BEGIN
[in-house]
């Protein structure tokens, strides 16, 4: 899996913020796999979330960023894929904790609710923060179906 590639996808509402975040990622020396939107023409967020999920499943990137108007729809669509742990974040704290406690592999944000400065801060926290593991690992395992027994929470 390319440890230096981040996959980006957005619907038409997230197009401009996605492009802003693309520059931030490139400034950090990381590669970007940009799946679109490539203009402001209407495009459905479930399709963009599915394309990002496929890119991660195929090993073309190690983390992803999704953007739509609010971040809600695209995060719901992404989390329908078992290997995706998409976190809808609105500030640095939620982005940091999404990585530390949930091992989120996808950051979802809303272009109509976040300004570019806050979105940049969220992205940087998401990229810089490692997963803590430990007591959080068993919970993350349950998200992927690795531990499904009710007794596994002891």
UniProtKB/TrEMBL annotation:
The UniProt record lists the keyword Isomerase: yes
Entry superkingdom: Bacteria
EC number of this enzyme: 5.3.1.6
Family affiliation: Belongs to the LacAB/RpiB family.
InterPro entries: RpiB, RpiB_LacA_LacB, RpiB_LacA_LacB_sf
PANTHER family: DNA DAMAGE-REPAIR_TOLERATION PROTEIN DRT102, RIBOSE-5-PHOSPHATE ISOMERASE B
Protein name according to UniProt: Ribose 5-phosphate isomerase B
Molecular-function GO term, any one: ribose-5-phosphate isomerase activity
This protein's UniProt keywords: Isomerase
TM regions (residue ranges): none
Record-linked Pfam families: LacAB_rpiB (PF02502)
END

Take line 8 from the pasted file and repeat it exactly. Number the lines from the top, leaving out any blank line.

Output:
InterPro entries: RpiB, RpiB_LacA_LacB, RpiB_LacA_LacB_sf